By Reid Spencer Sporting News NASCAR Wire Service
JOLIET, Ill. — Kyle Busch won a NASCAR Nationwide Series race Friday night he thought he had lost and left Joe Gibbs Racing teammate Joey Logano frustrated and dejected.
In a green-white-checkered-flag finish that took the Dollar General 300 three laps past its scheduled distance, Busch beat Logano on a restart on Lap 202 and held the lead until a caution for a wreck on the Chicagoland Speedway tri-oval froze the field and made Busch a winner in the series for the seventh time this year.
Busch got a break when series points leader Brad Keselowski ran out of fuel on the final caution lap before the last, abbreviated green-flag run. Keselowski’s misfortune allowed Busch to move to the front of the outside line, beside his teammate.
Busch was able to pin Logano to the bottom of the track and clear Logano for the win. The race ended under caution because the wreck occurred after Busch took the while flag to begin the final lap.
The victory was Busch’s 37th all time, breaking a tie for second with Kevin Harvick for career wins in the series. Rookie Brian Scott ran third, followed by his Braun Racing teammates David Reutimann and Jason Leffler, as Toyotas swept the top five positions.
Carl Edwards, second in the standings, came home sixth and trimmed Keselowski’s series lead from 277 points to 227. Keselowski finished 21st, one lap down.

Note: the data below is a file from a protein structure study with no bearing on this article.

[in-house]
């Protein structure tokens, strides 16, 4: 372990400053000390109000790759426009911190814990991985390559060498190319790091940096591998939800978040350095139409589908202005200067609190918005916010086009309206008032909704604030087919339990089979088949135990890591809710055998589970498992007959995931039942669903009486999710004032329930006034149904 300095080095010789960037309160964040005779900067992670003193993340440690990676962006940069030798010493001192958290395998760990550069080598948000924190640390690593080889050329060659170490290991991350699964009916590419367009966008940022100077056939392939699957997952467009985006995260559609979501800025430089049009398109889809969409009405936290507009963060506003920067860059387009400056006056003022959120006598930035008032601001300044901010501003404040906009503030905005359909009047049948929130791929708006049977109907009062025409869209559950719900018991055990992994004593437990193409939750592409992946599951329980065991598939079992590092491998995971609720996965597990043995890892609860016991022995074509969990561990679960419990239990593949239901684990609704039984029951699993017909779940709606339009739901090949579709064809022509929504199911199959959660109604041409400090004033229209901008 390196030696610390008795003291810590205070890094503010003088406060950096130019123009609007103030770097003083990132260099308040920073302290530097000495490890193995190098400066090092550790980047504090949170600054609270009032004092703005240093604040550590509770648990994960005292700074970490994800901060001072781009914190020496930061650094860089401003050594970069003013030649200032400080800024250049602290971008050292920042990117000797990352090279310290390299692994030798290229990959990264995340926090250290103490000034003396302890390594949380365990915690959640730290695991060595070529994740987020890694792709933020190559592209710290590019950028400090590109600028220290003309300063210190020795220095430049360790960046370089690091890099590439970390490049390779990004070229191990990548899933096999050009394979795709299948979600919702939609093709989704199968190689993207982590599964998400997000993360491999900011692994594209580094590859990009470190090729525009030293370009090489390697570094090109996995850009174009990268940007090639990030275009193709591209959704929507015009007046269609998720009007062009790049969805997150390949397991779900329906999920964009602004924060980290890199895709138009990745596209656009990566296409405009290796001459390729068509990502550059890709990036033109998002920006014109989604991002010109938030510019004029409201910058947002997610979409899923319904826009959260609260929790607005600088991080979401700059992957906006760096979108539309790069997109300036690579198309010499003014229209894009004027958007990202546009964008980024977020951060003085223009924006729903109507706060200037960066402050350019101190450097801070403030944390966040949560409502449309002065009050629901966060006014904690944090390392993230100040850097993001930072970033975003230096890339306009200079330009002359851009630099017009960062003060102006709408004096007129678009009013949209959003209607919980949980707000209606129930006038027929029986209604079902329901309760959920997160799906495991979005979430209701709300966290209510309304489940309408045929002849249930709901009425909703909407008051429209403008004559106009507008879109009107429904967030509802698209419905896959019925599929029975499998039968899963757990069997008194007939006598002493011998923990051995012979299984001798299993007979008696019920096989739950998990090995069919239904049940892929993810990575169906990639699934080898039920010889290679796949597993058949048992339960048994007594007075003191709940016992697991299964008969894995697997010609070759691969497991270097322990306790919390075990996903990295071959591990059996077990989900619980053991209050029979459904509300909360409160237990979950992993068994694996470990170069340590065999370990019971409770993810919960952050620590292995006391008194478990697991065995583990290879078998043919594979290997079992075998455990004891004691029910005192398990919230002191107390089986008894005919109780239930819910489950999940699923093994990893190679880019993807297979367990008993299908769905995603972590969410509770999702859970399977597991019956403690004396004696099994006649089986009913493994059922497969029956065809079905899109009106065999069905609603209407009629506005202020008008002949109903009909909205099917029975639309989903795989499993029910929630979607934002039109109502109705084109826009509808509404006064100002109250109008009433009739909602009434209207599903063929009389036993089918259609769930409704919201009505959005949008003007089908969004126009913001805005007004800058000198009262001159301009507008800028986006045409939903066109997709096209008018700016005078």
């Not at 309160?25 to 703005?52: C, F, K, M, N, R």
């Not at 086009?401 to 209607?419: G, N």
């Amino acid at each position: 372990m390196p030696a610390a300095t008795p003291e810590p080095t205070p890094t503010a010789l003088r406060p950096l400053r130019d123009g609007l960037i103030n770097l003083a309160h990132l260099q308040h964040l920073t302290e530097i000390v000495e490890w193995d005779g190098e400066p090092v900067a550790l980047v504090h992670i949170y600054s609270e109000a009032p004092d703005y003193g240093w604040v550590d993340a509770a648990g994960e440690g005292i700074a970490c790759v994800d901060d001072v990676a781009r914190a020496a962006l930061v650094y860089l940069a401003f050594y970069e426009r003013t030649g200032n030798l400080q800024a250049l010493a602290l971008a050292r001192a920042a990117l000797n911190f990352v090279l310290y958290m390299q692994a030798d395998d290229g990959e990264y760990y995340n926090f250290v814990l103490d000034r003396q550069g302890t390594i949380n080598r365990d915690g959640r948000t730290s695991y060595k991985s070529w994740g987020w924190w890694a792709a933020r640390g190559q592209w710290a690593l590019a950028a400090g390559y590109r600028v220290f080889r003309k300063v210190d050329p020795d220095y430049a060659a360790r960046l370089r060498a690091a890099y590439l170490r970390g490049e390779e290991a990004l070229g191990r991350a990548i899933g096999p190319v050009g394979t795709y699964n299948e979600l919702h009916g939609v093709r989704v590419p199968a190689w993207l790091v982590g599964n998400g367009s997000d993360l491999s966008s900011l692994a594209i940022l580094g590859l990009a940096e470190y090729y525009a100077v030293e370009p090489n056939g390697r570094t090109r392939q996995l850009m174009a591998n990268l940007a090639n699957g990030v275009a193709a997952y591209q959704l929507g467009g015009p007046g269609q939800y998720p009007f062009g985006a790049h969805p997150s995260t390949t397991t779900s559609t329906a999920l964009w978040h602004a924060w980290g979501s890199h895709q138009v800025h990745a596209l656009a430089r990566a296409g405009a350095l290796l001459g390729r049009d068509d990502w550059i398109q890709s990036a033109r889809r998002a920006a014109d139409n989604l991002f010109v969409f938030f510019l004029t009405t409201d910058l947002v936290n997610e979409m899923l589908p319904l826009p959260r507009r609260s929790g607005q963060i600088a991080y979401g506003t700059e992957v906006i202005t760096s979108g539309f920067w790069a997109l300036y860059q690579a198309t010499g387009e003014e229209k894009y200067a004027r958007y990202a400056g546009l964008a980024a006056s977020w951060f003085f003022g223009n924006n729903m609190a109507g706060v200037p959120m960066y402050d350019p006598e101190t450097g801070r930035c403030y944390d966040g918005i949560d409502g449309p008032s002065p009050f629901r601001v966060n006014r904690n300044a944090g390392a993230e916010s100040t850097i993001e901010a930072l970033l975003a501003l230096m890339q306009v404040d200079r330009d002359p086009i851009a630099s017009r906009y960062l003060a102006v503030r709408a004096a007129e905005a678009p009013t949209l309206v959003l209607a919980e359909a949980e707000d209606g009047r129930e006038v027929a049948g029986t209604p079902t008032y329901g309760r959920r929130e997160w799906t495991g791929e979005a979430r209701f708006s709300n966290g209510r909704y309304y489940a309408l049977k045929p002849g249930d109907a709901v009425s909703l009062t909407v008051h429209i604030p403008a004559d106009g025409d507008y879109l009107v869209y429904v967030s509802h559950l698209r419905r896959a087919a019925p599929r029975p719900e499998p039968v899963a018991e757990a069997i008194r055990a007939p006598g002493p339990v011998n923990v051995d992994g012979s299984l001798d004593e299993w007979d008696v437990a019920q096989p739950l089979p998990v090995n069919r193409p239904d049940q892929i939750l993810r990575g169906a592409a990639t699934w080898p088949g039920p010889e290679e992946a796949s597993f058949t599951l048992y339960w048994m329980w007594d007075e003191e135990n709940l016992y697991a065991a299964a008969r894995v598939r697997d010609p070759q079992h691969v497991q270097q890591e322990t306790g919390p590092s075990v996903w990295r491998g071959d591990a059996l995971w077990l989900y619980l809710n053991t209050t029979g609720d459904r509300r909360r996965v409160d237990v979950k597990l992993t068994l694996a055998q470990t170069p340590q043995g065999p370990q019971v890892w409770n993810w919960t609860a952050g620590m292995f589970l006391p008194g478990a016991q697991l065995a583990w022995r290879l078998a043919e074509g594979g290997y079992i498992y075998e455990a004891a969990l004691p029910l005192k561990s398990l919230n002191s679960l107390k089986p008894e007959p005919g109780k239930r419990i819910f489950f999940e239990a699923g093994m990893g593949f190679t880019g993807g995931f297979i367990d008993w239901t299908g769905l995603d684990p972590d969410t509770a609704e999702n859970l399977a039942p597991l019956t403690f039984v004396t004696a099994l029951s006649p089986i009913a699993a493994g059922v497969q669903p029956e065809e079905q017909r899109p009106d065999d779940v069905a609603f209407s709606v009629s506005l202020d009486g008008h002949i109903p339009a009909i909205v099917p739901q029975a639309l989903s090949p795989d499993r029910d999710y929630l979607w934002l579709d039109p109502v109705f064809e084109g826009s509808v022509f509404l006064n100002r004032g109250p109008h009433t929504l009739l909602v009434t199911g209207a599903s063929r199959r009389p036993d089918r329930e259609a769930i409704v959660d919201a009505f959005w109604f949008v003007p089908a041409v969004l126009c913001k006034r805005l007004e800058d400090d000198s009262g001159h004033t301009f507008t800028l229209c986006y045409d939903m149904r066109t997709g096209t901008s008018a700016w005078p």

Danica Patrick finished a career-best 24th in her fifth Nationwide start.
Busch said he likely would have finished second at best, had Keselowski not run out of fuel.
"I don’t think I would have had a shot to win the race," Busch said. "It was going to take too much to get alongside of Joey, had the restart gone with Keselowski in place. … I couldn’t make the third lane work around the outside.
"I probably could have run second, legitimately. But the way it turned out, I didn’t have to deal with the 22 (Keselowski). Apparently, those Dodges make good horsepower, but they suck a lot of fuel."
Logano, who won last year’s Nationwide race in his first start at the track, said he would have chosen the inside lane whether it was Keselowski or Busch lining up beside him.
"He did what he was supposed to do," Logano said. "He drove down in the turn and got me loose. He beat me. I’m embarrassed more than anything else."
Busch, who led a race-high 110 laps, took the lead for the first time on Lap 10 and dominated the race — despite a pit-road speeding call that required a pass-through penalty under green — until NASCAR threw a caution for debris in Turn 2 on Lap 141.
Logano took the lead on the subsequent restart on Lap 148 and remained out front in clean air.
"It’s over," Busch moaned on Lap 172, trailing Logano by nearly a second. "There ain’t going to be another caution. The freakin’ race is over."
As it turned out, Busch was wrong. NASCAR called a caution for debris on Lap 185, and Busch pitted for four tires and a track bar adjustment designed to loosen the handling of his Toyota. He got his chance to win the race when Trevor Bayne slammed the Turn 1 wall on Lap 196.